Winkielman, P. & Berridge, K. C. (2004). Unconscious emotion. Current Directions in Psychological Science, 13, 120-123.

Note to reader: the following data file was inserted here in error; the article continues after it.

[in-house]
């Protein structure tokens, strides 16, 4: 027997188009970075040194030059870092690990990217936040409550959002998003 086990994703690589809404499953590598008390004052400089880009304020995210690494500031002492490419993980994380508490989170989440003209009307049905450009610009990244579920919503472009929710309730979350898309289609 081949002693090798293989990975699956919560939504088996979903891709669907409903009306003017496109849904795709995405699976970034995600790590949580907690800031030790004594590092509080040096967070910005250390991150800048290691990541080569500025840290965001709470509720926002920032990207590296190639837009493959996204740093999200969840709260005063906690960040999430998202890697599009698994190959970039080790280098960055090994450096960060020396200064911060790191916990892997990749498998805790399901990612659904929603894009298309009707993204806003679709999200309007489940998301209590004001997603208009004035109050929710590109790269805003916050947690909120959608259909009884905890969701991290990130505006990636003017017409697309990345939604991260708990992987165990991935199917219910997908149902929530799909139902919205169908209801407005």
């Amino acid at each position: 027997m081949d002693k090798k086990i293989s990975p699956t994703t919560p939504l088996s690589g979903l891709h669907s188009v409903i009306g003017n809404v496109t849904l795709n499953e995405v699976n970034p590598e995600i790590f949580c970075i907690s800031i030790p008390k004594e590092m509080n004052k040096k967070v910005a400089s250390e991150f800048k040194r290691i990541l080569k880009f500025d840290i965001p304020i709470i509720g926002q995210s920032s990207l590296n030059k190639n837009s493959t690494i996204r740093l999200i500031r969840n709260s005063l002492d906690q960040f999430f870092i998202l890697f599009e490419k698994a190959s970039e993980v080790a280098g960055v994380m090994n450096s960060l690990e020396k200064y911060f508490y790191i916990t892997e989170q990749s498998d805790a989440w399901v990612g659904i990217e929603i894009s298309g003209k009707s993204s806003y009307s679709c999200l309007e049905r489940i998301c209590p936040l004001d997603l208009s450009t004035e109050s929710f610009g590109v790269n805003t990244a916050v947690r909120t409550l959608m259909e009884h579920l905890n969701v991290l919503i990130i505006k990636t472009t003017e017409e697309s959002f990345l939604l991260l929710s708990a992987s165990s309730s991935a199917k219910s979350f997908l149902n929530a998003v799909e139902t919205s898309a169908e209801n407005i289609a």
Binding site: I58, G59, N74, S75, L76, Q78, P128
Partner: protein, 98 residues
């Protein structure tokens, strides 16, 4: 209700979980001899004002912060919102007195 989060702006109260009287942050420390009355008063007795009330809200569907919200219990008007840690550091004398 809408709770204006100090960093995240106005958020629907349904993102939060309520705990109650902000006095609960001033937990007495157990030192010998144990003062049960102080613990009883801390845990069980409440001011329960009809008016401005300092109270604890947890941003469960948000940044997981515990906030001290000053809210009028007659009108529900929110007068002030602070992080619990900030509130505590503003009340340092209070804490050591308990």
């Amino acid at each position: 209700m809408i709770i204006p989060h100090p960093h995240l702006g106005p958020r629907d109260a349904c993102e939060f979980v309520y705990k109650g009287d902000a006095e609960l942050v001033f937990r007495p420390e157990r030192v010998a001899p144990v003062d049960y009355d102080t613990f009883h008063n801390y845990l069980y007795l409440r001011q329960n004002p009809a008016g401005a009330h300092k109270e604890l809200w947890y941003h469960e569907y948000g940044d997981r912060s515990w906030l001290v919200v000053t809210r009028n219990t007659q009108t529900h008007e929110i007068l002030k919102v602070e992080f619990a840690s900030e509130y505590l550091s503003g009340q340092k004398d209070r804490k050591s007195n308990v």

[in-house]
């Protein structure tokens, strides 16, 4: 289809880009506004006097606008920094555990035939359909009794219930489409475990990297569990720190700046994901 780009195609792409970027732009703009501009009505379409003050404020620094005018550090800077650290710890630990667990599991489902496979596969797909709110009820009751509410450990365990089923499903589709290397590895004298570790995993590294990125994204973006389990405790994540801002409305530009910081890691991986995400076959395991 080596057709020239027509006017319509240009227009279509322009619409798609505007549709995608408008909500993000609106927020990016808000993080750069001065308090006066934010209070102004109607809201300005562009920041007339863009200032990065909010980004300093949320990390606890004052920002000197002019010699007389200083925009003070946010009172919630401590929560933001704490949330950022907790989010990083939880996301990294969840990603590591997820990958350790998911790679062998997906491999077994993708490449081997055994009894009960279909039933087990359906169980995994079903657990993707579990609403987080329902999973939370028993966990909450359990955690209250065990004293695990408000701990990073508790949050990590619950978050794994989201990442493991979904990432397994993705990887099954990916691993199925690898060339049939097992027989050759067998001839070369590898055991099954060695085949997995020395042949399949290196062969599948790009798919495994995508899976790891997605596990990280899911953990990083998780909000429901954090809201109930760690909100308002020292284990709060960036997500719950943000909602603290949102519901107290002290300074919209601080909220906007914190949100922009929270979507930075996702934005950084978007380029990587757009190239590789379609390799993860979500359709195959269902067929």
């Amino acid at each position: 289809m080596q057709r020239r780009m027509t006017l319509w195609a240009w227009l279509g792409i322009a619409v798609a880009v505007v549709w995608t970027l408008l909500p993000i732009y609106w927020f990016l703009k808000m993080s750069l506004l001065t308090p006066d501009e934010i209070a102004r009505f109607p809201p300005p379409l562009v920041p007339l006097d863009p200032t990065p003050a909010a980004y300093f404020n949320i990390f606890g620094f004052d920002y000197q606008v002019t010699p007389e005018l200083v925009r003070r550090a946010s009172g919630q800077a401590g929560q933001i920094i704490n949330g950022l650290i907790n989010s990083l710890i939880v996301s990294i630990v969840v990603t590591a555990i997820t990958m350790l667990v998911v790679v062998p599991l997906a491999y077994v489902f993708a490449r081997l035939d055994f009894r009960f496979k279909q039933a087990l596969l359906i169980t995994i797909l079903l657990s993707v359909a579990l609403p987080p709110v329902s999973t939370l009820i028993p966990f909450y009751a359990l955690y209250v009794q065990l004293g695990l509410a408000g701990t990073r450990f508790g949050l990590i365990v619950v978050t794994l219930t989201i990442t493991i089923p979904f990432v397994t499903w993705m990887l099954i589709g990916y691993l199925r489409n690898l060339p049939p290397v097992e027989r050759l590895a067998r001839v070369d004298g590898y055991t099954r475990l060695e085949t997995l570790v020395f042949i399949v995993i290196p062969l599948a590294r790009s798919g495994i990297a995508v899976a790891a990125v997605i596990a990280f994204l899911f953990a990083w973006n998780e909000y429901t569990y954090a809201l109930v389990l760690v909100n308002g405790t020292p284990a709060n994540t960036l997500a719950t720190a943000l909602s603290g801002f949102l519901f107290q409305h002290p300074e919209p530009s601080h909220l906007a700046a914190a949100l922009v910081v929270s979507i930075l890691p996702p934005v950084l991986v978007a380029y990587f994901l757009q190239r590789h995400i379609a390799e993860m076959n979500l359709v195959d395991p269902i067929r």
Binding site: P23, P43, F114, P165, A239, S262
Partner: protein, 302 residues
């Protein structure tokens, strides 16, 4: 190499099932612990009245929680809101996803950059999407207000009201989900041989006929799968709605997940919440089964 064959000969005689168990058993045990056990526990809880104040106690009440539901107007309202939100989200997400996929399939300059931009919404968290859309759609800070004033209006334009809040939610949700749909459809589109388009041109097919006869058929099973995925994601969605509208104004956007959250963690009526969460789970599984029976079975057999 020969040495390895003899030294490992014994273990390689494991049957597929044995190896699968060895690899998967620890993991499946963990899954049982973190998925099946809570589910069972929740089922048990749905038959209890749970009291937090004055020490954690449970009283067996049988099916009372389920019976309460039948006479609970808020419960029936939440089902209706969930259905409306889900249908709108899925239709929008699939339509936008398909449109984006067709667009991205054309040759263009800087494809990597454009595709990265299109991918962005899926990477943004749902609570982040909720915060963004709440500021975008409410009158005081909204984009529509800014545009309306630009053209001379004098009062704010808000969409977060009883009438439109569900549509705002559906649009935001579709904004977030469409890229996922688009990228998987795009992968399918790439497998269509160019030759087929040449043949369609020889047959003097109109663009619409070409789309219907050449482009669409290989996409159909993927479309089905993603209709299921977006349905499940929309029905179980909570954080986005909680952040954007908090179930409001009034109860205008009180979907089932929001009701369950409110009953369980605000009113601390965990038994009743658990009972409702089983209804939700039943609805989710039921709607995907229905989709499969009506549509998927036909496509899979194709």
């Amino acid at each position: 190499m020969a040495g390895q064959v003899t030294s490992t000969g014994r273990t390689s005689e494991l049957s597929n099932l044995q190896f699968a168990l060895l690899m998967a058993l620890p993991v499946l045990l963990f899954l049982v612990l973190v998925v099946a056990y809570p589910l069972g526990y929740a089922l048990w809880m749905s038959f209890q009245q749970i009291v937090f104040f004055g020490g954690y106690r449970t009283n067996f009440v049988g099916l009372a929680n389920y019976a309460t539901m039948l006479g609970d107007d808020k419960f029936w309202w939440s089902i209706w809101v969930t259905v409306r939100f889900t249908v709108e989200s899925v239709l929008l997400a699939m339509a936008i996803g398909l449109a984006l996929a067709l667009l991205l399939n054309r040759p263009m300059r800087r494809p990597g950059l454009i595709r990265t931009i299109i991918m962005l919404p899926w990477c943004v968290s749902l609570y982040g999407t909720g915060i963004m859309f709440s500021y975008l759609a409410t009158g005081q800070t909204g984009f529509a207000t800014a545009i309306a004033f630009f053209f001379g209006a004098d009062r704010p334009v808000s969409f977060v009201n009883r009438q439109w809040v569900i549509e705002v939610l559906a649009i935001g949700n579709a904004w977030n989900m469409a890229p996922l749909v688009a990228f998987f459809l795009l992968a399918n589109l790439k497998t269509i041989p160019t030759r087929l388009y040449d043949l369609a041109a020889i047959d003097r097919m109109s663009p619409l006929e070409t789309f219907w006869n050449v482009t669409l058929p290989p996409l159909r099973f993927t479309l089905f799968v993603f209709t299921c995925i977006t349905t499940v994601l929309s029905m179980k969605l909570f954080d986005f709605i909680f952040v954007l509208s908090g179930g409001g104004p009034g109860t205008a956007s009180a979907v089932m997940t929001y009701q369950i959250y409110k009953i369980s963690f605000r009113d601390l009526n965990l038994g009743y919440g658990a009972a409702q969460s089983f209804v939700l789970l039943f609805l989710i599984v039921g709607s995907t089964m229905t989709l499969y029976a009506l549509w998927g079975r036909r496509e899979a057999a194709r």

Conscious feelings have traditionally been viewed as a central and necessary ingredient of emotion. Here we argue that emotion also can be genuinely unconscious. We describe evidence that positive and negative reactions can be elicited subliminally and remain inaccessible to introspection. Despite the absence of subjective feelings in such cases, subliminally induced affective reactions still influence people’s preference judgments and even the amount of beverage they consume. This evidence is consistent with evolutionary considerations suggesting that systems underlying basic affective reactions originated prior to systems for conscious awareness. The idea of unconscious emotion is also supported by evidence from affective neuroscience indicating that subcortical brain systems underlie basic ‘‘liking’’ reactions. More research is needed to clarify the relations and differences between conscious and unconscious emotion, and their underlying mechanisms. However, even under the current state of knowledge, it appears that processes underlying conscious feelings can become decoupled from processes underlying emotional reactions, resulting in genuinely unconscious emotion.